Bruce Gerencser has a post up where he's talking about the way the Bible – specifically, the New Testament – treats women. Bruce doesn't have to use any tricks or ploys with this; all he has to do is let the scriptures speak for themselves. There are lots of scriptures about how a woman should be submissive, silent, and kept from positions of authority. And that's the New Testament. The Old Testament is far worse, more or less treating women like cattle.

But this, I think is the money quote in Bruce's essay:
Liberal and progressive Christians try to make all these verses go away by saying they are no longer applicable or that they must be interpreted in their historical context. Fine. Let’s do the same with Jesus. A case can be made for Jesus being no longer applicable and surely we must interpret the teachings of Christ in their historical context.
In fact, Christians are already doing exactly that. I've mentioned recently the Barna survey from 2008 which, among other things, asked Christians if they believed Jesus' command that divorce is only permissible when adultery is involved. It may have been commanded from Christ's lips, but the overwhelming majority of Christians said they don't believe it. One could, of course, re-interpret the scriptures to mean a general "unfaithfulness" to the vows rather than a sexual affair.

I spent my earliest years as a Christian in a fairly fundamentalist evangelical church. But before my apostasy, I had a good bout with liberal theology. The crux of liberal theology is basically this: if a scripture or theological concept makes you uncomfortable, just re-interpret it in a way that doesn't make you uncomfortable. (Rob Bell's book on Hell and judgment is a good example.)

The elephant in the room is that nobody has any objective criteria on how to properly interpret scripture. This means that liberal theologians are essentially just imposing their own needs, desires, and biases on the scripture so that it comports with their views on science and secular modernity. It's not a progression of theology, but an adaptation. And that's precisely what drove me away from liberal theology: I realized that I could, if I thought about it enough, conjure up various rationalizations that made uncomfortable scriptures a little less uncomfortable. But I had no objective way of knowing whether my rationalizations were actually true, and I ultimately realized I was simply making things up to ease my own cognitive dissonance.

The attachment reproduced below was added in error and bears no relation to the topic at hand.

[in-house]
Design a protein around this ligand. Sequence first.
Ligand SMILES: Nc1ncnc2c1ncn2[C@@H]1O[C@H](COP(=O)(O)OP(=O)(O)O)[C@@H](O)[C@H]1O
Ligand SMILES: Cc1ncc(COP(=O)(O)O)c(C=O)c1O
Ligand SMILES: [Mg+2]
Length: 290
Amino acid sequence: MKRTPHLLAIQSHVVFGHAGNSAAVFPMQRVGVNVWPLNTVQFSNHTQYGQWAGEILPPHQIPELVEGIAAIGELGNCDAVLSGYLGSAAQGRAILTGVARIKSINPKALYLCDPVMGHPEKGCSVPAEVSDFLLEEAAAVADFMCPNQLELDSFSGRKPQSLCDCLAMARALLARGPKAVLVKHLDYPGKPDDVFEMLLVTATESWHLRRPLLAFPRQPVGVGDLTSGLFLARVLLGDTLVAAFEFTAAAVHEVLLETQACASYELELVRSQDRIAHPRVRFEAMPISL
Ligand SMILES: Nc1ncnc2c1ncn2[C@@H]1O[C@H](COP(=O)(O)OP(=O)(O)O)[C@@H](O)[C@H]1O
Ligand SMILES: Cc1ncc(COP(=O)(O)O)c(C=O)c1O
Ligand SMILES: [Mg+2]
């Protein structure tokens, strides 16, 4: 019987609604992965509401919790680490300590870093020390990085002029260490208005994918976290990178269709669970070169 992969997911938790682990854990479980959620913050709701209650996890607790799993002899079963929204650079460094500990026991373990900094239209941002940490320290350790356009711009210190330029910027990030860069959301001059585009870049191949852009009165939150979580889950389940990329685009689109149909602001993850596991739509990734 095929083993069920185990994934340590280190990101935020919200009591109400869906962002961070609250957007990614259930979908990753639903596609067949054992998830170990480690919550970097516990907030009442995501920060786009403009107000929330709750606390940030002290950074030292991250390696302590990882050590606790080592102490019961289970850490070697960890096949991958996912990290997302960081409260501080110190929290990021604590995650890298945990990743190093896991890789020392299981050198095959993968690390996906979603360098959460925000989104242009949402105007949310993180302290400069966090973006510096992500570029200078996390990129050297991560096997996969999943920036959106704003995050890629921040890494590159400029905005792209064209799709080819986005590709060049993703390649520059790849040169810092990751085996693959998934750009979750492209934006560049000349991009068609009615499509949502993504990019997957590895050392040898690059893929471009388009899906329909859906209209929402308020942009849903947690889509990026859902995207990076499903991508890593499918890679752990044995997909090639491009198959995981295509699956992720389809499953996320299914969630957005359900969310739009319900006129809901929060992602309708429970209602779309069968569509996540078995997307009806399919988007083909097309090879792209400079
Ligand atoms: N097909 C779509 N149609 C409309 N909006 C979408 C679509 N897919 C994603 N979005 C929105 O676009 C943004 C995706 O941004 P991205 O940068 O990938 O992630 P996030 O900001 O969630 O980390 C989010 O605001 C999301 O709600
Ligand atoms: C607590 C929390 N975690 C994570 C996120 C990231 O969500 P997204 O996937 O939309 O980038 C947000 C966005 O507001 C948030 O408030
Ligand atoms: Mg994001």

Why spend so much energy trying to invent re-interpretations of scripture so that it's not so barbaric, misogynistic and primitive? The Bible is supposed to be the one book that the Creator and Lord of the Universe gave to humanity – why should it not be read plainly? Why should such interpretive gymnastics be required at all? The only out seems to be the old, "it's all context" canard, which basically makes any uncomfortable scriptures irrelevant. It's not just disingenuous, it's self-deceptive.


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